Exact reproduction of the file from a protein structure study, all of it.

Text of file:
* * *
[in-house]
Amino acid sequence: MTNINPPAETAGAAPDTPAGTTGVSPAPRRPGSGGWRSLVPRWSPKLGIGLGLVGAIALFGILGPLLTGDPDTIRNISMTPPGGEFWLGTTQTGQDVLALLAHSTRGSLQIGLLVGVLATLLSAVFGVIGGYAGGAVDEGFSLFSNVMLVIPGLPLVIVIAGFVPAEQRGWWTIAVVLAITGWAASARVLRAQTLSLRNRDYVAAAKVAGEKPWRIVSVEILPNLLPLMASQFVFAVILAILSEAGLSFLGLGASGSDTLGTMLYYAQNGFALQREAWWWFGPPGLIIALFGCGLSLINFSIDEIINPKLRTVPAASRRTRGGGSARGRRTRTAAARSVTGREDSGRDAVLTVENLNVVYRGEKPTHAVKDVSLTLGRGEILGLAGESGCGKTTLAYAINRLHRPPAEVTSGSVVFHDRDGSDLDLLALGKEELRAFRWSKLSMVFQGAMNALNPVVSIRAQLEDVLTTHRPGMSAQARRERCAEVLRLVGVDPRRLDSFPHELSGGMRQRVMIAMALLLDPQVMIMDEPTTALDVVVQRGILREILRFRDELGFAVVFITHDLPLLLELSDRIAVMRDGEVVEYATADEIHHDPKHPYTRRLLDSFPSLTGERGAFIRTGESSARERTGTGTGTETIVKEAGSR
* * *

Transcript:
[in-house]
Amino acid sequence: MTNINPPAETAGAAPDTPAGTTGVSPAPRRPGSGGWRSLVPRWSPKLGIGLGLVGAIALFGILGPLLTGDPDTIRNISMTPPGGEFWLGTTQTGQDVLALLAHSTRGSLQIGLLVGVLATLLSAVFGVIGGYAGGAVDEGFSLFSNVMLVIPGLPLVIVIAGFVPAEQRGWWTIAVVLAITGWAASARVLRAQTLSLRNRDYVAAAKVAGEKPWRIVSVEILPNLLPLMASQFVFAVILAILSEAGLSFLGLGASGSDTLGTMLYYAQNGFALQREAWWWFGPPGLIIALFGCGLSLINFSIDEIINPKLRTVPAASRRTRGGGSARGRRTRTAAARSVTGREDSGRDAVLTVENLNVVYRGEKPTHAVKDVSLTLGRGEILGLAGESGCGKTTLAYAINRLHRPPAEVTSGSVVFHDRDGSDLDLLALGKEELRAFRWSKLSMVFQGAMNALNPVVSIRAQLEDVLTTHRPGMSAQARRERCAEVLRLVGVDPRRLDSFPHELSGGMRQRVMIAMALLLDPQVMIMDEPTTALDVVVQRGILREILRFRDELGFAVVFITHDLPLLLELSDRIAVMRDGEVVEYATADEIHHDPKHPYTRRLLDSFPSLTGERGAFIRTGESSARERTGTGTGTETIVKEAGSR